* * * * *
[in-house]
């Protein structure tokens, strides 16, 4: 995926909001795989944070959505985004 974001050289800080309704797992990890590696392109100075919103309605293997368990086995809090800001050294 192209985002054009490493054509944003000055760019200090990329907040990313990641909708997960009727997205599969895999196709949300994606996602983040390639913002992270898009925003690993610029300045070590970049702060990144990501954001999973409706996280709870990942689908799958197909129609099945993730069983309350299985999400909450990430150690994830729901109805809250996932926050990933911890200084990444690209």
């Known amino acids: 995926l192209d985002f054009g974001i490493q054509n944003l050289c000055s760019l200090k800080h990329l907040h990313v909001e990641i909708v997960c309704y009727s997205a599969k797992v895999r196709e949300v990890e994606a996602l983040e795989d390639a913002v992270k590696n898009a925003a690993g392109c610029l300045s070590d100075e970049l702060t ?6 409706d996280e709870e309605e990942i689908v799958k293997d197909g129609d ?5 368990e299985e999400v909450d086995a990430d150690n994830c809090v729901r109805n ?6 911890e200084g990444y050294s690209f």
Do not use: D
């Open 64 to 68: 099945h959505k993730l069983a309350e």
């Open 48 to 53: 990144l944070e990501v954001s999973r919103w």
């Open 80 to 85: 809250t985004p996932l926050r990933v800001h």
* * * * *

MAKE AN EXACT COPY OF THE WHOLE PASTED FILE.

[in-house]
């Protein structure tokens, strides 16, 4: 995926909001795989944070959505985004 974001050289800080309704797992990890590696392109100075919103309605293997368990086995809090800001050294 192209985002054009490493054509944003000055760019200090990329907040990313990641909708997960009727997205599969895999196709949300994606996602983040390639913002992270898009925003690993610029300045070590970049702060990144990501954001999973409706996280709870990942689908799958197909129609099945993730069983309350299985999400909450990430150690994830729901109805809250996932926050990933911890200084990444690209």
């Known amino acids: 995926l192209d985002f054009g974001i490493q054509n944003l050289c000055s760019l200090k800080h990329l907040h990313v909001e990641i909708v997960c309704y009727s997205a599969k797992v895999r196709e949300v990890e994606a996602l983040e795989d390639a913002v992270k590696n898009a925003a690993g392109c610029l300045s070590d100075e970049l702060t ?6 409706d996280e709870e309605e990942i689908v799958k293997d197909g129609d ?5 368990e299985e999400v909450d086995a990430d150690n994830c809090v729901r109805n ?6 911890e200084g990444y050294s690209f």
Do not use: D
């Open 64 to 68: 099945h959505k993730l069983a309350e």
């Open 48 to 53: 990144l944070e990501v954001s999973r919103w």
């Open 80 to 85: 809250t985004p996932l926050r990933v800001h």